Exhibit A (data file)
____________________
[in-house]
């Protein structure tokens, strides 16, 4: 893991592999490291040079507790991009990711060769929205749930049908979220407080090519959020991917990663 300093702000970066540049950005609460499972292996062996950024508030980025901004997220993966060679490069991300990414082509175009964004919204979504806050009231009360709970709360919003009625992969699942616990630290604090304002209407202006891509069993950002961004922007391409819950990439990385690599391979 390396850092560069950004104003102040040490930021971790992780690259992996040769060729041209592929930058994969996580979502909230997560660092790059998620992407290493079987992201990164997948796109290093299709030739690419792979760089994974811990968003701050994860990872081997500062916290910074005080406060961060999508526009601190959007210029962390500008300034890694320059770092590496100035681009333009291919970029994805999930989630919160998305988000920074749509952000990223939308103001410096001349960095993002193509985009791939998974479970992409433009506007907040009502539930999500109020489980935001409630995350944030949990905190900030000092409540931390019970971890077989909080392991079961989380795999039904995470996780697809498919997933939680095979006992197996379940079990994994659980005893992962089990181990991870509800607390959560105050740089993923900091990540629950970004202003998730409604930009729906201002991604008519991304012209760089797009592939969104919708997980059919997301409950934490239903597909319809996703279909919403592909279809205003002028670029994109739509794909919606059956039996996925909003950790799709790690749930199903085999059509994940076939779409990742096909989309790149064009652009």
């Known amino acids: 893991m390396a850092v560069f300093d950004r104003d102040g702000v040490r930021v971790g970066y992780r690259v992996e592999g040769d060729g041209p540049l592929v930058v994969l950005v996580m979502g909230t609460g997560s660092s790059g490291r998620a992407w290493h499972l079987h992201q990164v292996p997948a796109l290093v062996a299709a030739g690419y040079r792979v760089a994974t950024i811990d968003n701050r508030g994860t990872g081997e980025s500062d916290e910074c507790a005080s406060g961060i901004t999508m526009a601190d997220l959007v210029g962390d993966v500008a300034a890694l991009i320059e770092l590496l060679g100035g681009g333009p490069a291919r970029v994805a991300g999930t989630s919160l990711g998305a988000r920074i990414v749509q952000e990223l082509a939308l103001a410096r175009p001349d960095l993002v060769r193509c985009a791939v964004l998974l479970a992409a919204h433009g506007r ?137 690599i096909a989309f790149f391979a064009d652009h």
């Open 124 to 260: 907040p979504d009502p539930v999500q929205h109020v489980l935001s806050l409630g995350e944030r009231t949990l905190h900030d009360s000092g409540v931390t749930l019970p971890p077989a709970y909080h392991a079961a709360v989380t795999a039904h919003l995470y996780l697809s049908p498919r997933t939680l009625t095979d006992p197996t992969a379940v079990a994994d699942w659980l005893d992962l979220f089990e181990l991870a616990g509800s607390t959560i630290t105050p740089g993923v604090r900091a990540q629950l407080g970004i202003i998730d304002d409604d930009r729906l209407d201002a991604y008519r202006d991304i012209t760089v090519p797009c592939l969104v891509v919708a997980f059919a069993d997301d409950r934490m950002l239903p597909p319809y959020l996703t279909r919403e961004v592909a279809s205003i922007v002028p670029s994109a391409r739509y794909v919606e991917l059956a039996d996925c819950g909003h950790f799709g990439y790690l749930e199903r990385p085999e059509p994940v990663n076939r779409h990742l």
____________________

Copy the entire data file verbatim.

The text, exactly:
[in-house]
């Protein structure tokens, strides 16, 4: 893991592999490291040079507790991009990711060769929205749930049908979220407080090519959020991917990663 300093702000970066540049950005609460499972292996062996950024508030980025901004997220993966060679490069991300990414082509175009964004919204979504806050009231009360709970709360919003009625992969699942616990630290604090304002209407202006891509069993950002961004922007391409819950990439990385690599391979 390396850092560069950004104003102040040490930021971790992780690259992996040769060729041209592929930058994969996580979502909230997560660092790059998620992407290493079987992201990164997948796109290093299709030739690419792979760089994974811990968003701050994860990872081997500062916290910074005080406060961060999508526009601190959007210029962390500008300034890694320059770092590496100035681009333009291919970029994805999930989630919160998305988000920074749509952000990223939308103001410096001349960095993002193509985009791939998974479970992409433009506007907040009502539930999500109020489980935001409630995350944030949990905190900030000092409540931390019970971890077989909080392991079961989380795999039904995470996780697809498919997933939680095979006992197996379940079990994994659980005893992962089990181990991870509800607390959560105050740089993923900091990540629950970004202003998730409604930009729906201002991604008519991304012209760089797009592939969104919708997980059919997301409950934490239903597909319809996703279909919403592909279809205003002028670029994109739509794909919606059956039996996925909003950790799709790690749930199903085999059509994940076939779409990742096909989309790149064009652009």
């Known amino acids: 893991m390396a850092v560069f300093d950004r104003d102040g702000v040490r930021v971790g970066y992780r690259v992996e592999g040769d060729g041209p540049l592929v930058v994969l950005v996580m979502g909230t609460g997560s660092s790059g490291r998620a992407w290493h499972l079987h992201q990164v292996p997948a796109l290093v062996a299709a030739g690419y040079r792979v760089a994974t950024i811990d968003n701050r508030g994860t990872g081997e980025s500062d916290e910074c507790a005080s406060g961060i901004t999508m526009a601190d997220l959007v210029g962390d993966v500008a300034a890694l991009i320059e770092l590496l060679g100035g681009g333009p490069a291919r970029v994805a991300g999930t989630s919160l990711g998305a988000r920074i990414v749509q952000e990223l082509a939308l103001a410096r175009p001349d960095l993002v060769r193509c985009a791939v964004l998974l479970a992409a919204h433009g506007r ?137 690599i096909a989309f790149f391979a064009d652009h």
């Open 124 to 260: 907040p979504d009502p539930v999500q929205h109020v489980l935001s806050l409630g995350e944030r009231t949990l905190h900030d009360s000092g409540v931390t749930l019970p971890p077989a709970y909080h392991a079961a709360v989380t795999a039904h919003l995470y996780l697809s049908p498919r997933t939680l009625t095979d006992p197996t992969a379940v079990a994994d699942w659980l005893d992962l979220f089990e181990l991870a616990g509800s607390t959560i630290t105050p740089g993923v604090r900091a990540q629950l407080g970004i202003i998730d304002d409604d930009r729906l209407d201002a991604y008519r202006d991304i012209t760089v090519p797009c592939l969104v891509v919708a997980f059919a069993d997301d409950r934490m950002l239903p597909p319809y959020l996703t279909r919403e961004v592909a279809s205003i922007v002028p670029s994109a391409r739509y794909v919606e991917l059956a039996d996925c819950g909003h950790f799709g990439y790690l749930e199903r990385p085999e059509p994940v990663n076939r779409h990742l």